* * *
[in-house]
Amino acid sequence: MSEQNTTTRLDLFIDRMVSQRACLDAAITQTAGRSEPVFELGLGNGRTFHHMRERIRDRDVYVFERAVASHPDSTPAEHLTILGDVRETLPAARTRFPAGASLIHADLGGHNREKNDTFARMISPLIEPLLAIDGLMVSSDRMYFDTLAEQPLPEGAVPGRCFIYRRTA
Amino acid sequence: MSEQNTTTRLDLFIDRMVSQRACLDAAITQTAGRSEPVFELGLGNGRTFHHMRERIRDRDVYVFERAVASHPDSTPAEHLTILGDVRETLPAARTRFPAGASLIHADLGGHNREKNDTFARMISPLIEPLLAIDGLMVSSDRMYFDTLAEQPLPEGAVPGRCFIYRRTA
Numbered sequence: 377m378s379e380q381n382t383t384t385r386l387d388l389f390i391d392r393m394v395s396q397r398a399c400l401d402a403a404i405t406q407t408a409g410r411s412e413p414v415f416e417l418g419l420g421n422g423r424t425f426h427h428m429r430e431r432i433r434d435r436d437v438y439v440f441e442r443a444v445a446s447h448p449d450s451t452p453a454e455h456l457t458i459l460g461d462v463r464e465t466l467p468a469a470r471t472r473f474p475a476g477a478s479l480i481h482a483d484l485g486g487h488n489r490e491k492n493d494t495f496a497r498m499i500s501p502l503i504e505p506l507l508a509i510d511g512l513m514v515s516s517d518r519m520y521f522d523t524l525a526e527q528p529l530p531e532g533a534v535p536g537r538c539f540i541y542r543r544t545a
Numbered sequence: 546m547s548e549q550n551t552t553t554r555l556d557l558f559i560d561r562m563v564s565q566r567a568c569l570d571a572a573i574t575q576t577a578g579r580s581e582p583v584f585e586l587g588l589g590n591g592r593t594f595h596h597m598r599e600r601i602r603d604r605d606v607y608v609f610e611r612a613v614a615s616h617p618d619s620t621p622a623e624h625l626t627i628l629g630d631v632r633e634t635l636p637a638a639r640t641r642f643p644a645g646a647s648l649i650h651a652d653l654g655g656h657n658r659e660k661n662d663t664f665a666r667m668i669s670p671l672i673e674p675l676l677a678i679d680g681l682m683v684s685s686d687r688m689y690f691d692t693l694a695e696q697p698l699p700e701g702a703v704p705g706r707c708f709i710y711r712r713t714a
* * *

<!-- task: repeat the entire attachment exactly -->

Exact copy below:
[in-house]
Amino acid sequence: MSEQNTTTRLDLFIDRMVSQRACLDAAITQTAGRSEPVFELGLGNGRTFHHMRERIRDRDVYVFERAVASHPDSTPAEHLTILGDVRETLPAARTRFPAGASLIHADLGGHNREKNDTFARMISPLIEPLLAIDGLMVSSDRMYFDTLAEQPLPEGAVPGRCFIYRRTA
Amino acid sequence: MSEQNTTTRLDLFIDRMVSQRACLDAAITQTAGRSEPVFELGLGNGRTFHHMRERIRDRDVYVFERAVASHPDSTPAEHLTILGDVRETLPAARTRFPAGASLIHADLGGHNREKNDTFARMISPLIEPLLAIDGLMVSSDRMYFDTLAEQPLPEGAVPGRCFIYRRTA
Numbered sequence: 377m378s379e380q381n382t383t384t385r386l387d388l389f390i391d392r393m394v395s396q397r398a399c400l401d402a403a404i405t406q407t408a409g410r411s412e413p414v415f416e417l418g419l420g421n422g423r424t425f426h427h428m429r430e431r432i433r434d435r436d437v438y439v440f441e442r443a444v445a446s447h448p449d450s451t452p453a454e455h456l457t458i459l460g461d462v463r464e465t466l467p468a469a470r471t472r473f474p475a476g477a478s479l480i481h482a483d484l485g486g487h488n489r490e491k492n493d494t495f496a497r498m499i500s501p502l503i504e505p506l507l508a509i510d511g512l513m514v515s516s517d518r519m520y521f522d523t524l525a526e527q528p529l530p531e532g533a534v535p536g537r538c539f540i541y542r543r544t545a
Numbered sequence: 546m547s548e549q550n551t552t553t554r555l556d557l558f559i560d561r562m563v564s565q566r567a568c569l570d571a572a573i574t575q576t577a578g579r580s581e582p583v584f585e586l587g588l589g590n591g592r593t594f595h596h597m598r599e600r601i602r603d604r605d606v607y608v609f610e611r612a613v614a615s616h617p618d619s620t621p622a623e624h625l626t627i628l629g630d631v632r633e634t635l636p637a638a639r640t641r642f643p644a645g646a647s648l649i650h651a652d653l654g655g656h657n658r659e660k661n662d663t664f665a666r667m668i669s670p671l672i673e674p675l676l677a678i679d680g681l682m683v684s685s686d687r688m689y690f691d692t693l694a695e696q697p698l699p700e701g702a703v704p705g706r707c708f709i710y711r712r713t714a